Eat with the fishes
Crostone of Calamaretti. Photo: Graham Tidy
I know it's just West Row, but there's something timeless about sitting in these well-used seats at Mezzalira. The huge windows on the corner here in the Melbourne Building, looking through the arched walkway that hasn't changed much in the 80-plus years since they were installed.
Sure, there are not many horse-drawn carts trotting up London Circuit now, but I'm just guessing it would have been easier to find a place to tie up the horse back then, than it is to find a car space now. In fact, the car park issue is my biggest anxiety about dragging myself into town. Seriously, is there some secret spot where people in the know park? I spent 20 minutes going round in circles before saying, hang it, and parking directly in front of the court house. One of the benefits of driving a tradies-style ute, apart from the obvious unbridled manliness of it, is that you can park in these places and the people you would fine you think you're here to fix something, so leave you be.
Despite its longevity, Mezzalira still offers a menu that looks up to date and enticing. I can't help comparing it to all these new places breezing in with casual themes and simple menus based around a busy deep-fryer and a penchant for getting attention. I guess it's like cars. It's so easy to impress with your first car, sporty, no child seat, blue-tooth connectivity, but to make the distance you need to be much more dependable and sensible. Like a Prius. No, I'm no longer making sense here. But what I'm getting at is that it takes more than just a good idea to make it long term in this trade and I think the Trimboli family has that in Mezzalira. While its sister restaurant, Italian and Sons, impresses no end and is more adventurous, Mezzalira has its own appeal, with a classic Italian ristorante feel.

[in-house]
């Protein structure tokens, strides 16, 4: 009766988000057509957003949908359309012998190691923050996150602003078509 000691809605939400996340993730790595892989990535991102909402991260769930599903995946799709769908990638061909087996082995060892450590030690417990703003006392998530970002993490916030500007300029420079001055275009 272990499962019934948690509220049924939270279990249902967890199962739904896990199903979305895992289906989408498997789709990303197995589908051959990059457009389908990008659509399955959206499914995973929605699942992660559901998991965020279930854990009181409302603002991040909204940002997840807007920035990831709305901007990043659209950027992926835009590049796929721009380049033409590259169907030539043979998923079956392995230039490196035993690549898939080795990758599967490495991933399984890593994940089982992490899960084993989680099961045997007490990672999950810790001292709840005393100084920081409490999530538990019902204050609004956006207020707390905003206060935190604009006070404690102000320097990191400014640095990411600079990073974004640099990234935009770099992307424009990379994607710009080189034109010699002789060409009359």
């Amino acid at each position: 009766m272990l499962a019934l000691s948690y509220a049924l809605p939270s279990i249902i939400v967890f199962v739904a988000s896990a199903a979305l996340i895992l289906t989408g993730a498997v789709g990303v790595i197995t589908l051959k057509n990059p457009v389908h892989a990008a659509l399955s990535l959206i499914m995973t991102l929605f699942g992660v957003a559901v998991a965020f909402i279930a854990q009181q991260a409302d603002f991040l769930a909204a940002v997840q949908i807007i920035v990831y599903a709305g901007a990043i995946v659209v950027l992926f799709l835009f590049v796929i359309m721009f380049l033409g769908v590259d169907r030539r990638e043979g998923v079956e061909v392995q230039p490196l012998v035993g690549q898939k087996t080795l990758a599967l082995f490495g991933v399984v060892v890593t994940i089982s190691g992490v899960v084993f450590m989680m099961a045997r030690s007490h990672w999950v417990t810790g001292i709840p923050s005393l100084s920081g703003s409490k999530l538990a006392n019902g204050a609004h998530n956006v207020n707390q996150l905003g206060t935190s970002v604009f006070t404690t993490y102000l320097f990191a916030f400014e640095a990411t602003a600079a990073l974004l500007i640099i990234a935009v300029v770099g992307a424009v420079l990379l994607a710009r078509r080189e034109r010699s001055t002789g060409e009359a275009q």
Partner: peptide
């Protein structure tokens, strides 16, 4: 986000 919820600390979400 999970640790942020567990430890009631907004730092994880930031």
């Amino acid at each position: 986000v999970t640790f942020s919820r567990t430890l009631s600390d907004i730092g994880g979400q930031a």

Fiore Di Capra, goats cheese, honey glazed beet root and caramelised red onion. Photo: Graham Tidy
Our waiter (we didn't catch his name as he speaks heavily Italian accented English at a million miles an hour) runs through the specials. We nod pleasantly, then read them ourselves from the blackboard once he goes. Turns out he has come all the way from near Lake Como in northern Italy. Lake Como in northern Italy to Canberra? It took a while for this to sink in. Who does that?
It is pretty cool getting him to repeat back to you, correctly, the Italian wines that come not far from his home. ''Certainly,'' he says. ''Due Anselmi Croce Soave.'' Yep, that one. ($12 a glass). It's quite a wine, leaning almost towards a natural wine with its opulent, heady aromas of toasted nuts, highland cheese and leatherwood honey, along with the velvety smooth guava-laced palate. Perfectly at home with the super crispy focaccia with rosemary. It doesn't get much better than this as a starter. We follow up with a bottle of barbera, which gets into me Godfather mode, which has my partner looking elsewhere. ''Itsa Sicilian message,'' I say and repeat for no reason. ''Means Luca Brasi, he sleeps with da fishes.''
Crostini with calamari with asparagus caponata ($16) is a tidy arrangement, served sort-of warm. Two toasted slices of bread topped with thick slices of fat asparagus - yummo - with diced tomato, onion and capers, then topped again, with finely criss-crossed calamari and some suspiciously small herbs. Haven't we moved on from micro-herbs? Ultimately, this is a simple dish, a peasant dish, fresh seasonal ingredients tossed together deftly.